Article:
Mindfulness is the key to the best things in life
If you don’t live in the moment, where do you live?
I was out hiking yesterday along the breathtaking coast of Liguria. I hiked up the mountains in the Portofino park and as I came out of the forest, I looked down at the sea and the stunning views of the bay. I had to stop to take it in. Suddenly, I was desperate to find a way to save it all.
I wanted to keep the colors, the flowers, the smells and the breeze on my face. I wanted to treasure the sight of the bay with the sailboats and gorgeous houses, and to remember the deep blue color of the water. I wanted to hold on to the incredible and endless beauty.
If only I could bottle it all up and stick it in my backpack. Or at least share it somehow, so that it could be a thoughtful gift. I wanted someone else, who would love it as much as I did, to see it as well.
I thought about taking another photo, but resisted. A photo couldn’t even capture half of this and would only be a cheap copy of reality.
As frustrating as it was, I couldn’t do anything, but to enjoy it. It only existed right there and right then. I stood there for a few minutes and tried to feel it with all my senses, as if I was taking a mental picture and waiting for my brain to suck it in; the smells, the feelings, the sights and the sounds.
Beauty, love, joy, energy, happiness and satisfaction. I think we can all agree that these are some of the most valuable things in life. Luckily, they all come for free. However, they also come with a catch — they can’t be stored. We can’t hoard them, we can’t save them for a rainy day, nor can we relive them in the exact same way ever again.
We can only borrow them in the moment.
Being on holiday in Italy certainly takes that reality one step further. If I can’t be mindful here, how could I ever hope to be so at home or in the office?
Standing there, filled with awe, I thought about how crazy it is that I spend so much of my mental capacity and time either regretting or reminiscing about the past; or planning for or worrying about the future. What a waste of energy!
All those shallow “Carpe Diem” messages, written on random items that middle-aged ladies like to decorate their homes with, are around for a reason. Not to mention the mindfulness practices and meditation apps. We have all gone mad and totally forgotten how to live in the moment.
I spend a lot of my time travelling and whenever I come to a place that I really like or when I experience something special, my first instinct is always to say to myself that I want to go back there again someday. As if it will somehow be worth more in the future. I am there right now! Why I am planning on enjoying it later? It makes no sense.
I can’t seem to accept that it is my one and only chance to experience that specific moment. But it is. Even if I am lucky enough to return someday, it won’t be the same. There is no point in hoarding future experiences that don’t even exist. All while this moment, the one that is here and now, does.
To wrap my head around the madness of it all as I continued my walk, I imagined trying to communicate our culture and our behavior to someone from a completely different reality than our own. I pretended that I was explaining to a monk in Tibet or to a tribe leader on a remote island somewhere that we, in the Western world, can’t be in the present. That we pay money to learn how to just be. I giggled when I thought of their puzzled faces as they tried to figure out what on earth I was talking about.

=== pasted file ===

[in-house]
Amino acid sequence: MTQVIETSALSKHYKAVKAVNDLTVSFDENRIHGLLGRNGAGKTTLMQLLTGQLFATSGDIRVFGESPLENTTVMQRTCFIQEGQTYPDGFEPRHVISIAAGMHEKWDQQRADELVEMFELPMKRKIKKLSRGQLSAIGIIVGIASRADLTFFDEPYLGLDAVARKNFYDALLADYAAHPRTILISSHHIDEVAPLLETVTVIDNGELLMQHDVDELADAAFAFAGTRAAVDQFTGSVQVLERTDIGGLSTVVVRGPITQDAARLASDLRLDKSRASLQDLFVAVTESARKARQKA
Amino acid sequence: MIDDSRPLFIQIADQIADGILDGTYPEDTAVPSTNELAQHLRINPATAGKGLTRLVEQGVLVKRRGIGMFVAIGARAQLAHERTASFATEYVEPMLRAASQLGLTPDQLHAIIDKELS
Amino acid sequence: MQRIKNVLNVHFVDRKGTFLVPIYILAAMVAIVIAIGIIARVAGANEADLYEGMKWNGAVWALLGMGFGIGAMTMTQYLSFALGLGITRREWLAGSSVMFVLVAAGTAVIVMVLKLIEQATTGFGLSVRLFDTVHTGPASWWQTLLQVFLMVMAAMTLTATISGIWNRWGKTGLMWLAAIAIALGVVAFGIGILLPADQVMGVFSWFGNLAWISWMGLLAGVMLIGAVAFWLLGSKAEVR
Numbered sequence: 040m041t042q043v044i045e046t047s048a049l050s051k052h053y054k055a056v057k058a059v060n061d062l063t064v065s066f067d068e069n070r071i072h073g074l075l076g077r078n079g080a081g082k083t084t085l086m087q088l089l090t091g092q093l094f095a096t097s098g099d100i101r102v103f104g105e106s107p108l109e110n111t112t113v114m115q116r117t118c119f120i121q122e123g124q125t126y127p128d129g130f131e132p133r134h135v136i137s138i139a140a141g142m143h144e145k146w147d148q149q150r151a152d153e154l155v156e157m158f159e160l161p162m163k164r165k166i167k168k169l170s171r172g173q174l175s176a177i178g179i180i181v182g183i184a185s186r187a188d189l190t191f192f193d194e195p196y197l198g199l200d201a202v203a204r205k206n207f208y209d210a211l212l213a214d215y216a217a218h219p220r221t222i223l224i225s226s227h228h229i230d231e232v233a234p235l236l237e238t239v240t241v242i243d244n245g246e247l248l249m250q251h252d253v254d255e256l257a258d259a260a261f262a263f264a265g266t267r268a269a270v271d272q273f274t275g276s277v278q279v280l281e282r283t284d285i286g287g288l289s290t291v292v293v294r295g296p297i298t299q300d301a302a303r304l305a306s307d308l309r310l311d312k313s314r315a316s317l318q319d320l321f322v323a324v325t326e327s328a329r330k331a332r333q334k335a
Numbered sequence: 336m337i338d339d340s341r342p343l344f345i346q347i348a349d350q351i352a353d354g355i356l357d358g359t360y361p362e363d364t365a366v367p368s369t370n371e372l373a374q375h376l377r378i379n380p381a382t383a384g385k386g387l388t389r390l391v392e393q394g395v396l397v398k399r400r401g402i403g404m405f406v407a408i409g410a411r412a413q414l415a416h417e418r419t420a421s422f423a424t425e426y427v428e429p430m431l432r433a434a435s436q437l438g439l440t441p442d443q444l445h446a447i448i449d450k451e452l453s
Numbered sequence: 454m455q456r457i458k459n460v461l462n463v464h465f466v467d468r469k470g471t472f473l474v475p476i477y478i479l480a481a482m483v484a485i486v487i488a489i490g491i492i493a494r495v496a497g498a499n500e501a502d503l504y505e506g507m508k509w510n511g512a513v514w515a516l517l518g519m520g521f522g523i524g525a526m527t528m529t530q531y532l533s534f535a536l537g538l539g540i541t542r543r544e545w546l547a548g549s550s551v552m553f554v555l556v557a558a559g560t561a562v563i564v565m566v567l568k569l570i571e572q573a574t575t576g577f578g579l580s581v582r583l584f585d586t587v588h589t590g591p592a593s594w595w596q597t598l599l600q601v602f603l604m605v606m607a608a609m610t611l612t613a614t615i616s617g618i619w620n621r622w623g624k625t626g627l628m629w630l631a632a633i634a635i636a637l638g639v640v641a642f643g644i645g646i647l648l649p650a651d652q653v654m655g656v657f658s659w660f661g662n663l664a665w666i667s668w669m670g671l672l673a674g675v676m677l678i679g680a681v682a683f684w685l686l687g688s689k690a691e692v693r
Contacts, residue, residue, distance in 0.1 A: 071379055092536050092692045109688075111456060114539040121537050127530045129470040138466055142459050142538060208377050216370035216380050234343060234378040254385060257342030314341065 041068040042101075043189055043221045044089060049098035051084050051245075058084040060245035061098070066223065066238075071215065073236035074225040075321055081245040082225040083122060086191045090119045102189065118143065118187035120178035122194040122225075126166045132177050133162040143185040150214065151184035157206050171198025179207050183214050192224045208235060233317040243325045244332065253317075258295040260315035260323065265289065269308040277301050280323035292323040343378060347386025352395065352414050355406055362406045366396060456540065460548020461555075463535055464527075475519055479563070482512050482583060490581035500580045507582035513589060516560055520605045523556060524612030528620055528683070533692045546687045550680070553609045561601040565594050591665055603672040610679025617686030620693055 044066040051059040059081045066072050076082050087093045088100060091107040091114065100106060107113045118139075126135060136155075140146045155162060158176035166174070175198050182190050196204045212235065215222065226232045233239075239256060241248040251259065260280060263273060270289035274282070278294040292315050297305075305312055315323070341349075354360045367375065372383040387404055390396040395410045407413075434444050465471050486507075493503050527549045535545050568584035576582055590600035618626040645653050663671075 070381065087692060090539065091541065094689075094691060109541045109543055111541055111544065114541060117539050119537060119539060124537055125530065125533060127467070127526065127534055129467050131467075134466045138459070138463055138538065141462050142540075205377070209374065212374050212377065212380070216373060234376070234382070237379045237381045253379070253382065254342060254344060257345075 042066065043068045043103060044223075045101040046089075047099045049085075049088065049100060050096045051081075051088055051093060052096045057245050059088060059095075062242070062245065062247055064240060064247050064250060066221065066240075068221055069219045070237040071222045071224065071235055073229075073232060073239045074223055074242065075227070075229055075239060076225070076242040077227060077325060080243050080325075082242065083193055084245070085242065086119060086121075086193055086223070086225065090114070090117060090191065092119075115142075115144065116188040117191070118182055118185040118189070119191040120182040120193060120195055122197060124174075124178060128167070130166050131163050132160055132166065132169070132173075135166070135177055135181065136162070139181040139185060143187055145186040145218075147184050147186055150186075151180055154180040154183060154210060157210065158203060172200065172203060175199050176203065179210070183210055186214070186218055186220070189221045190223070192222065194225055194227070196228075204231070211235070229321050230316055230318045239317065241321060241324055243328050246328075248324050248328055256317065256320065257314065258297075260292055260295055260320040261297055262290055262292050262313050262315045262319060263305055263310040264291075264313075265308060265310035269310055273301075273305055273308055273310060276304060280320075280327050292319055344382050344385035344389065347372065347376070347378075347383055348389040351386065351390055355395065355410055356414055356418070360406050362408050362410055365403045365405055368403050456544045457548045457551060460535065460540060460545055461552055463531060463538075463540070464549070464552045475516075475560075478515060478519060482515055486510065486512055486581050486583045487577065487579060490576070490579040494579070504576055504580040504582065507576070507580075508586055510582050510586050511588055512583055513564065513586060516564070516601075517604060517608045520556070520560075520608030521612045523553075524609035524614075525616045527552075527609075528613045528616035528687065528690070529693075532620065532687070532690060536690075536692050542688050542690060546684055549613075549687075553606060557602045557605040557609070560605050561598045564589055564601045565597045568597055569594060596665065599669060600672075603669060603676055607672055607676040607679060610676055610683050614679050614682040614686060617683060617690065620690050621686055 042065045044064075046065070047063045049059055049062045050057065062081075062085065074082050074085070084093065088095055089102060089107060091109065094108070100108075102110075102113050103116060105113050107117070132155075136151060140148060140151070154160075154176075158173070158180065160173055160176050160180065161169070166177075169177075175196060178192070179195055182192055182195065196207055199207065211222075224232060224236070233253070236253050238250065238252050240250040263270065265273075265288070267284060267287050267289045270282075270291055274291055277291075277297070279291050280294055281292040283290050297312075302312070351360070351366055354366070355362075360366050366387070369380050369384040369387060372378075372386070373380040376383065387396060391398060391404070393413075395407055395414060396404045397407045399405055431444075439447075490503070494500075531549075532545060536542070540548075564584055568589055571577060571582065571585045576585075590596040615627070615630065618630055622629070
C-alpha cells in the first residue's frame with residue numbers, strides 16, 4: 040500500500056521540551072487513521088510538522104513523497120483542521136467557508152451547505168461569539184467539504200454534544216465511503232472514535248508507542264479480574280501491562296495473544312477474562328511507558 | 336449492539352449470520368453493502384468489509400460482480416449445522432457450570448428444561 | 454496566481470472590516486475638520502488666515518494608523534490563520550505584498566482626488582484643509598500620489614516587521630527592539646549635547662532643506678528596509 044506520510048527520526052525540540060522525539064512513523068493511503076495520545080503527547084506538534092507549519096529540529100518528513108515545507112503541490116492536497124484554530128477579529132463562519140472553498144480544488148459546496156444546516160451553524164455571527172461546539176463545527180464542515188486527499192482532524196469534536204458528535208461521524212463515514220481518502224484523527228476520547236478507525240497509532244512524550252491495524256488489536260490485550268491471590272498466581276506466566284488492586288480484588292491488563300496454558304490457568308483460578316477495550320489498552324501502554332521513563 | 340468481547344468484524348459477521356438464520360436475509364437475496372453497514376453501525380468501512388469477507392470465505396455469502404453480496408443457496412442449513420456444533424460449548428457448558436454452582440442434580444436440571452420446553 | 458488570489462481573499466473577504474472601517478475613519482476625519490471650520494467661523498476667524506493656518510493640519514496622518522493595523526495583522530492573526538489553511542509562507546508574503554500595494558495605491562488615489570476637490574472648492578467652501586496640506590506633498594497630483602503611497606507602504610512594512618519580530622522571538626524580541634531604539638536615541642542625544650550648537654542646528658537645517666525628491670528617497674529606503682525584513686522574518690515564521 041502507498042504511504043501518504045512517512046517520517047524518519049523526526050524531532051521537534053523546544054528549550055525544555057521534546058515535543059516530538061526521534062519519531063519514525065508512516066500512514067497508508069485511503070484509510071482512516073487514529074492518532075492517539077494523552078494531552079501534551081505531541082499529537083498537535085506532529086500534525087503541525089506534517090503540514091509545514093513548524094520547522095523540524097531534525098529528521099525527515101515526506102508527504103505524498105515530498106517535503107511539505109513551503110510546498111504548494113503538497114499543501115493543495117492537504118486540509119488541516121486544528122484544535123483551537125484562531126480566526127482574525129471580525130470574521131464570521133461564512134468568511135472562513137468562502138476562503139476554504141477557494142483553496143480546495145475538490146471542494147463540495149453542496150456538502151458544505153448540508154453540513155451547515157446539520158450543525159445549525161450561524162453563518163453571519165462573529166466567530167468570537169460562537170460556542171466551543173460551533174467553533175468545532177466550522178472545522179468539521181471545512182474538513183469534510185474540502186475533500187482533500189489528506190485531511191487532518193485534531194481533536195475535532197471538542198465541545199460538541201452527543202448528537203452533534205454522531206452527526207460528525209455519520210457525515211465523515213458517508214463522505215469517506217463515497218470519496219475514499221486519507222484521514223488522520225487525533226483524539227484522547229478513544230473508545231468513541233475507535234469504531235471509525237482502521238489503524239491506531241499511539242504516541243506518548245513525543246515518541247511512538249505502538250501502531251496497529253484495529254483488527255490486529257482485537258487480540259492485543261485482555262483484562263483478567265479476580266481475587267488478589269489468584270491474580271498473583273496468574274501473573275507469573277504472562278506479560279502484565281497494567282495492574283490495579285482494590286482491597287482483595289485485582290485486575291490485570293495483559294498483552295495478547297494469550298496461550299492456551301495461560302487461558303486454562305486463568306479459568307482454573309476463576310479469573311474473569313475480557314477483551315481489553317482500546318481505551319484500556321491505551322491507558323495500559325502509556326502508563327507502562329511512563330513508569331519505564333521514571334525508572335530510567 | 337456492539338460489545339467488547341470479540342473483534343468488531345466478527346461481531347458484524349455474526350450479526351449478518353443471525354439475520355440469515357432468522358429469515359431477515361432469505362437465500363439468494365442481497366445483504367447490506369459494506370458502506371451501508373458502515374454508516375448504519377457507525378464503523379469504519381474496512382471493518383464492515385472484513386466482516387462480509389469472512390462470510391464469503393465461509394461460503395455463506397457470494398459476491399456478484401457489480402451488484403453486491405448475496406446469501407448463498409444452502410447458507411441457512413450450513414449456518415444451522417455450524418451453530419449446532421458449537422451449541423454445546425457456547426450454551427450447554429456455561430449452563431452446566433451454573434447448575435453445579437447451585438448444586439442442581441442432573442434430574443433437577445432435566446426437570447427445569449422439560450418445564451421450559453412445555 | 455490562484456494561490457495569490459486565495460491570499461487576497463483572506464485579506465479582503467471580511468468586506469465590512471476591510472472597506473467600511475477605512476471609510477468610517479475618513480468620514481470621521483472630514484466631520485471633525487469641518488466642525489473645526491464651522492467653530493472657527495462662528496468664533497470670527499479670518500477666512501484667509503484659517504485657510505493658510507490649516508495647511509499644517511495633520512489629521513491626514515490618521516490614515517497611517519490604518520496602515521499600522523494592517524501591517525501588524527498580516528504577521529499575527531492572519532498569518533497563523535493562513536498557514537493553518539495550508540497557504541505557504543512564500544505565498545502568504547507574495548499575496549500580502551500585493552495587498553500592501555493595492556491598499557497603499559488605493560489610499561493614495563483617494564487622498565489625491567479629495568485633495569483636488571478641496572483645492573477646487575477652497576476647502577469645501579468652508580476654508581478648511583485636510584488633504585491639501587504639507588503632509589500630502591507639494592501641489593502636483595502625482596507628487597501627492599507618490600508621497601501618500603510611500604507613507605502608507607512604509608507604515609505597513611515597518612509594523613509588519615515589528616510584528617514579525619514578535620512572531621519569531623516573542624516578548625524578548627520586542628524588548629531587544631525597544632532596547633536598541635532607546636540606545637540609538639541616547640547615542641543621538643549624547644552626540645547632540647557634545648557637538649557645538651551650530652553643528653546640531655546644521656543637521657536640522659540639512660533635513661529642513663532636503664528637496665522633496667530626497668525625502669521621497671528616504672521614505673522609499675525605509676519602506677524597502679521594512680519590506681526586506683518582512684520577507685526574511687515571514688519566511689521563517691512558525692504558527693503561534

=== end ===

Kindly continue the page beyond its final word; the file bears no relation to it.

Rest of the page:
How can I live somewhere else than where I am right now? If I am not in the moment, then where am I? And how can I find joy and appreciation if I don’t feel it as it comes to me? I can remember things and I can anticipate things, but I can’t experience them at any other time than exactly in the moment when they are happening.
As I walked down into the town, I couldn’t help but to feel bad for the tourists who were taking photos and crossing items off their long sightseeing checklists. It seemed as though being able to say that they had been there and having the photos to prove it, was somehow more important to them than actually fully being there. Did they even see the sparkle of sunlight on the water or were they thinking about lunch? Did they enjoy the boat ride or were they worrying about sunburn? I wondered if they were able to truly appreciate all the magic around them.
I took the ferry back to my village. Although I couldn’t wait to get to my place and into the shower to rinse away the salt, dirt and old sunscreen from my weary body, I made a point to stay focused on the views from the sea.
I will get home soon enough anyway, but right now I am here, on holiday, on a boat and with warm wind on my face. I am free, healthy and happy. My body is tired, but strong. I am fortunate enough to have this chance to admire the incredible beauty of the Liguria coast with its dramatic nature, clear water and picturesque villages around every bend. I feel joyful, calm and blessed.
My brain can try all it wants to feed me the fading memories of the past and the imagined possibilities of the future. I still can’t think of a more wonderful moment to be present in than this one.
Why would I ever let my mind take me anywhere else but here?
— — — — — — — — — — — — — — — — — — — — — — — — — — — —